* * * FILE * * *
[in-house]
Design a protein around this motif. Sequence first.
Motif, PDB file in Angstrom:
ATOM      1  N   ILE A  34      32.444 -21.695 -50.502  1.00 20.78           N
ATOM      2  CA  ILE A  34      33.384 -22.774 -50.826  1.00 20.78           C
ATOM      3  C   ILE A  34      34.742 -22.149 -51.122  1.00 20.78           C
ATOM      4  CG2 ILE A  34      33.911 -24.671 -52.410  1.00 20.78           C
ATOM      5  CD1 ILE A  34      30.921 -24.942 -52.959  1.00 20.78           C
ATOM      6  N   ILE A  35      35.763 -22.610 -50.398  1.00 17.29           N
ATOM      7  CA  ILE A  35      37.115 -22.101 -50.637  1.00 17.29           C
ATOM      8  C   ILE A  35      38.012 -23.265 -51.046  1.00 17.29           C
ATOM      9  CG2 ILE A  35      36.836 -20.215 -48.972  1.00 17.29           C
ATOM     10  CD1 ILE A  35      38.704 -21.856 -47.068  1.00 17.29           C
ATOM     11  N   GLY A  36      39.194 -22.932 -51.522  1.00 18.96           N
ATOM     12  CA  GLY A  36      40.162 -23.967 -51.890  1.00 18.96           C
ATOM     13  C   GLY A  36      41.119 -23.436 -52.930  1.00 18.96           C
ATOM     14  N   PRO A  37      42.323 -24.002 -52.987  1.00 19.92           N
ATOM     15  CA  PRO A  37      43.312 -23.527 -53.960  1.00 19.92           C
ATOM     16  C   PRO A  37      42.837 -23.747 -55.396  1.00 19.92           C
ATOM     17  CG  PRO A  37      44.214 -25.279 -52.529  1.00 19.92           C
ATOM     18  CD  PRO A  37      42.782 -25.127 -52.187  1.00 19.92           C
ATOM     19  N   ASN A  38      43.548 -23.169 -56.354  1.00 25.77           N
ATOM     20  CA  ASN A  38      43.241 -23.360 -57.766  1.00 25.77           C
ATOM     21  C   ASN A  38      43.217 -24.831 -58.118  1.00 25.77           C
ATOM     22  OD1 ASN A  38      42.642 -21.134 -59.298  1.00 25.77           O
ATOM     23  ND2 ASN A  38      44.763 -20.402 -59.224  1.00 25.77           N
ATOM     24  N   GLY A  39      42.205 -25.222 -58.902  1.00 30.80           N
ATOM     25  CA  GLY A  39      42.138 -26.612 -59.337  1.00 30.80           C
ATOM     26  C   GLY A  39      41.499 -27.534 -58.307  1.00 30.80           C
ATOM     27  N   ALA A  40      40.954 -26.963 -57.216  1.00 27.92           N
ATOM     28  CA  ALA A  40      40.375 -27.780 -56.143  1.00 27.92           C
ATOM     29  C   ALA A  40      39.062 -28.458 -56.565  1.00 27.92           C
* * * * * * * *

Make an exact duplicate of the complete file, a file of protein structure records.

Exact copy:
[in-house]
Design a protein around this motif. Sequence first.
Motif, PDB file in Angstrom:
ATOM      1  N   ILE A  34      32.444 -21.695 -50.502  1.00 20.78           N
ATOM      2  CA  ILE A  34      33.384 -22.774 -50.826  1.00 20.78           C
ATOM      3  C   ILE A  34      34.742 -22.149 -51.122  1.00 20.78           C
ATOM      4  CG2 ILE A  34      33.911 -24.671 -52.410  1.00 20.78           C
ATOM      5  CD1 ILE A  34      30.921 -24.942 -52.959  1.00 20.78           C
ATOM      6  N   ILE A  35      35.763 -22.610 -50.398  1.00 17.29           N
ATOM      7  CA  ILE A  35      37.115 -22.101 -50.637  1.00 17.29           C
ATOM      8  C   ILE A  35      38.012 -23.265 -51.046  1.00 17.29           C
ATOM      9  CG2 ILE A  35      36.836 -20.215 -48.972  1.00 17.29           C
ATOM     10  CD1 ILE A  35      38.704 -21.856 -47.068  1.00 17.29           C
ATOM     11  N   GLY A  36      39.194 -22.932 -51.522  1.00 18.96           N
ATOM     12  CA  GLY A  36      40.162 -23.967 -51.890  1.00 18.96           C
ATOM     13  C   GLY A  36      41.119 -23.436 -52.930  1.00 18.96           C
ATOM     14  N   PRO A  37      42.323 -24.002 -52.987  1.00 19.92           N
ATOM     15  CA  PRO A  37      43.312 -23.527 -53.960  1.00 19.92           C
ATOM     16  C   PRO A  37      42.837 -23.747 -55.396  1.00 19.92           C
ATOM     17  CG  PRO A  37      44.214 -25.279 -52.529  1.00 19.92           C
ATOM     18  CD  PRO A  37      42.782 -25.127 -52.187  1.00 19.92           C
ATOM     19  N   ASN A  38      43.548 -23.169 -56.354  1.00 25.77           N
ATOM     20  CA  ASN A  38      43.241 -23.360 -57.766  1.00 25.77           C
ATOM     21  C   ASN A  38      43.217 -24.831 -58.118  1.00 25.77           C
ATOM     22  OD1 ASN A  38      42.642 -21.134 -59.298  1.00 25.77           O
ATOM     23  ND2 ASN A  38      44.763 -20.402 -59.224  1.00 25.77           N
ATOM     24  N   GLY A  39      42.205 -25.222 -58.902  1.00 30.80           N
ATOM     25  CA  GLY A  39      42.138 -26.612 -59.337  1.00 30.80           C
ATOM     26  C   GLY A  39      41.499 -27.534 -58.307  1.00 30.80           C
ATOM     27  N   ALA A  40      40.954 -26.963 -57.216  1.00 27.92           N
ATOM     28  CA  ALA A  40      40.375 -27.780 -56.143  1.00 27.92           C
ATOM     29  C   ALA A  40      39.062 -28.458 -56.565  1.00 27.92           C